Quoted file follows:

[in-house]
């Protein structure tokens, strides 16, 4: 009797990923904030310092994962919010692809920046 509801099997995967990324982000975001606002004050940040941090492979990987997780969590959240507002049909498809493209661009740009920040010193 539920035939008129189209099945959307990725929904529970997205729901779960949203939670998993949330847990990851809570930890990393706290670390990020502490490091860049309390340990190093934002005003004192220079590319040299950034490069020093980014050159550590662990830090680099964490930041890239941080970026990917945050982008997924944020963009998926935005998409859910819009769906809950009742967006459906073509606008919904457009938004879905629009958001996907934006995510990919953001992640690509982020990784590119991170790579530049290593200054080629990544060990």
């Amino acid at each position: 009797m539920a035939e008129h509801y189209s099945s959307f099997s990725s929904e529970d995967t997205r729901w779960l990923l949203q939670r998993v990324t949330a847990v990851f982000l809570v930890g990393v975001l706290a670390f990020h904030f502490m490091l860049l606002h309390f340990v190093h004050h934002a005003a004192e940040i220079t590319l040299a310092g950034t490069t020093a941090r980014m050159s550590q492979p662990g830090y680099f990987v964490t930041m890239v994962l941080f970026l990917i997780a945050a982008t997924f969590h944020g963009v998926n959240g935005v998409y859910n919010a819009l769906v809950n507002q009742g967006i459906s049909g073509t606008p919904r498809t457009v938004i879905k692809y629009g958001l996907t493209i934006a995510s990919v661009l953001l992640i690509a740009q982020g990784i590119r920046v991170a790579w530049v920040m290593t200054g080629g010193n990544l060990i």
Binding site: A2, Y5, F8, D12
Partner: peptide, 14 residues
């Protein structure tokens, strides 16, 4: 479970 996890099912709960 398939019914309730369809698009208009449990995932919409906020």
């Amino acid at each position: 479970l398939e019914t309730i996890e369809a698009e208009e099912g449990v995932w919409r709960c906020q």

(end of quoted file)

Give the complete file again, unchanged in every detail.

[in-house]
């Protein structure tokens, strides 16, 4: 009797990923904030310092994962919010692809920046 509801099997995967990324982000975001606002004050940040941090492979990987997780969590959240507002049909498809493209661009740009920040010193 539920035939008129189209099945959307990725929904529970997205729901779960949203939670998993949330847990990851809570930890990393706290670390990020502490490091860049309390340990190093934002005003004192220079590319040299950034490069020093980014050159550590662990830090680099964490930041890239941080970026990917945050982008997924944020963009998926935005998409859910819009769906809950009742967006459906073509606008919904457009938004879905629009958001996907934006995510990919953001992640690509982020990784590119991170790579530049290593200054080629990544060990």
């Amino acid at each position: 009797m539920a035939e008129h509801y189209s099945s959307f099997s990725s929904e529970d995967t997205r729901w779960l990923l949203q939670r998993v990324t949330a847990v990851f982000l809570v930890g990393v975001l706290a670390f990020h904030f502490m490091l860049l606002h309390f340990v190093h004050h934002a005003a004192e940040i220079t590319l040299a310092g950034t490069t020093a941090r980014m050159s550590q492979p662990g830090y680099f990987v964490t930041m890239v994962l941080f970026l990917i997780a945050a982008t997924f969590h944020g963009v998926n959240g935005v998409y859910n919010a819009l769906v809950n507002q009742g967006i459906s049909g073509t606008p919904r498809t457009v938004i879905k692809y629009g958001l996907t493209i934006a995510s990919v661009l953001l992640i690509a740009q982020g990784i590119r920046v991170a790579w530049v920040m290593t200054g080629g010193n990544l060990i």
Binding site: A2, Y5, F8, D12
Partner: peptide, 14 residues
């Protein structure tokens, strides 16, 4: 479970 996890099912709960 398939019914309730369809698009208009449990995932919409906020």
């Amino acid at each position: 479970l398939e019914t309730i996890e369809a698009e208009e099912g449990v995932w919409r709960c906020q």